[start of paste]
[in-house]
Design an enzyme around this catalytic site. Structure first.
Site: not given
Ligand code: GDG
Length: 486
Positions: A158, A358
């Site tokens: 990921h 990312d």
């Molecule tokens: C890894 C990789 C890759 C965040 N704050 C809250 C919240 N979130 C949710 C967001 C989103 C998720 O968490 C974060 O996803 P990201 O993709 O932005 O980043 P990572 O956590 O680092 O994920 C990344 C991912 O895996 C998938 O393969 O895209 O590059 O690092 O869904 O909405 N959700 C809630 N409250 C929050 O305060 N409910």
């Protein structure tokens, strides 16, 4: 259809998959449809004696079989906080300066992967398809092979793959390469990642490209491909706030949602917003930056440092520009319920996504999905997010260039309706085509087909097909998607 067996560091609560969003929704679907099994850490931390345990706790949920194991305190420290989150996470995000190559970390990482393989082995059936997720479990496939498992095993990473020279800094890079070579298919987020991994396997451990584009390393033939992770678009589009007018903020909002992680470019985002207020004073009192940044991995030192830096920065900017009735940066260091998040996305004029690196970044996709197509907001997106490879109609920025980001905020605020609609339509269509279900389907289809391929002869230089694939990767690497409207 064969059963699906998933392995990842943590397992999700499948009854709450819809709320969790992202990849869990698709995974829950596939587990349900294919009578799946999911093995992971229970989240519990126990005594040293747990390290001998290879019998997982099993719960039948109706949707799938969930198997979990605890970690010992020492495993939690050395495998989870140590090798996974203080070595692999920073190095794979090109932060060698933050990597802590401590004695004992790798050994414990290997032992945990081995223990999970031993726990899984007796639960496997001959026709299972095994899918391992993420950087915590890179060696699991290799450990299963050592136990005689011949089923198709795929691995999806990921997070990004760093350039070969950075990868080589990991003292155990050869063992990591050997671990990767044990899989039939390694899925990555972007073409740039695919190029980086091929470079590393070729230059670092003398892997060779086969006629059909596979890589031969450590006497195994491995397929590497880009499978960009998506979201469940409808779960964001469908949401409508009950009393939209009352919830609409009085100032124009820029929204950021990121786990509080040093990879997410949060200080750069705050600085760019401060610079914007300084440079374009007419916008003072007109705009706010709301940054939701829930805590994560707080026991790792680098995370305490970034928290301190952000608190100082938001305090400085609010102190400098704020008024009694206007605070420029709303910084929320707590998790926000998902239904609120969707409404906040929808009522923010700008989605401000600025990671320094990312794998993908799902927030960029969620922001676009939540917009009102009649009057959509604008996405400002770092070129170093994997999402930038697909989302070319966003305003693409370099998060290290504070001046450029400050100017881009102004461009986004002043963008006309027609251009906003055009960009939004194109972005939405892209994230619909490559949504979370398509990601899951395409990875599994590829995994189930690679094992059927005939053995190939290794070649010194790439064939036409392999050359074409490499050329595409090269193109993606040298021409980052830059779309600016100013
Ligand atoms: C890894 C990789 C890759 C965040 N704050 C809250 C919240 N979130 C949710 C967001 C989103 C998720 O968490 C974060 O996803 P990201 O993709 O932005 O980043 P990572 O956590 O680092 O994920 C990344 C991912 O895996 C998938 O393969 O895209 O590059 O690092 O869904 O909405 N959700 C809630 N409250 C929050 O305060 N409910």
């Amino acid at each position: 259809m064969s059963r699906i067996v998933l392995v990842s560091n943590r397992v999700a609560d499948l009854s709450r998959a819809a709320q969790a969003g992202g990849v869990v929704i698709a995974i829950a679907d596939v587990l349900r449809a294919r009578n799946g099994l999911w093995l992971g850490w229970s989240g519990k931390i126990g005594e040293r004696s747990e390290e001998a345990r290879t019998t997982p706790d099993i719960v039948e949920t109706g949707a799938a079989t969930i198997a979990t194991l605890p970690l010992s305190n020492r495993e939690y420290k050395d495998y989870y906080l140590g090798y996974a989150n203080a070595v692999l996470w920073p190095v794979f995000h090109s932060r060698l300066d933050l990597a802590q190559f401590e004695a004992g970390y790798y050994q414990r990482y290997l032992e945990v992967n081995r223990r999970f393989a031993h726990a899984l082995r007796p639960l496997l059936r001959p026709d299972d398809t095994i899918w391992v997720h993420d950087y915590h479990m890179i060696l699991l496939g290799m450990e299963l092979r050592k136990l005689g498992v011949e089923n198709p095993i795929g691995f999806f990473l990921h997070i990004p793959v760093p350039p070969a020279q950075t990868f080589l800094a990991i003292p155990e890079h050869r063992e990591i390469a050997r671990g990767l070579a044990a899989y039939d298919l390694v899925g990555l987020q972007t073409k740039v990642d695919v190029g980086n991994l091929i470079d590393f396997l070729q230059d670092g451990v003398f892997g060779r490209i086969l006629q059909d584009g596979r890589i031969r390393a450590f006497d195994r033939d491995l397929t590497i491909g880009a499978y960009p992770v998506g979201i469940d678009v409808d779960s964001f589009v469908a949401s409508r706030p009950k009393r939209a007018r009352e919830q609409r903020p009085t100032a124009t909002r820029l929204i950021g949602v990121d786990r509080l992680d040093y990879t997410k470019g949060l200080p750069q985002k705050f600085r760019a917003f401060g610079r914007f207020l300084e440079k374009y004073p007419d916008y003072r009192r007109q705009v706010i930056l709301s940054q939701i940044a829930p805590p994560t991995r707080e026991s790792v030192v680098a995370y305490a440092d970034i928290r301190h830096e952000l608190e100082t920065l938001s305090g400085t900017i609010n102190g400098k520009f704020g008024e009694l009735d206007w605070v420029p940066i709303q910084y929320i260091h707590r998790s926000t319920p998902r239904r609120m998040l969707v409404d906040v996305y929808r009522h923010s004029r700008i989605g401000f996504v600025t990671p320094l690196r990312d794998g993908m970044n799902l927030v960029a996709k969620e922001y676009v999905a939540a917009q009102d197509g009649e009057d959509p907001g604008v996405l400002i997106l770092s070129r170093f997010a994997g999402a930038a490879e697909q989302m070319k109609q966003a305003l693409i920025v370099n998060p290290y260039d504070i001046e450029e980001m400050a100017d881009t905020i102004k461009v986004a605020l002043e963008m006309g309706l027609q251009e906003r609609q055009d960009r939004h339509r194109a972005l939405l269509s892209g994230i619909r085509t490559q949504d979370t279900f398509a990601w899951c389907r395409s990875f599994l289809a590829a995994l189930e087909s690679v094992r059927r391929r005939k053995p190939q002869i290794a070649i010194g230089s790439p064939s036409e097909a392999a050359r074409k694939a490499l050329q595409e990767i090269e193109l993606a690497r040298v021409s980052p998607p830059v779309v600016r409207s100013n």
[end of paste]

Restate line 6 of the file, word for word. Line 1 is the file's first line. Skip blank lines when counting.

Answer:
Positions: A158, A358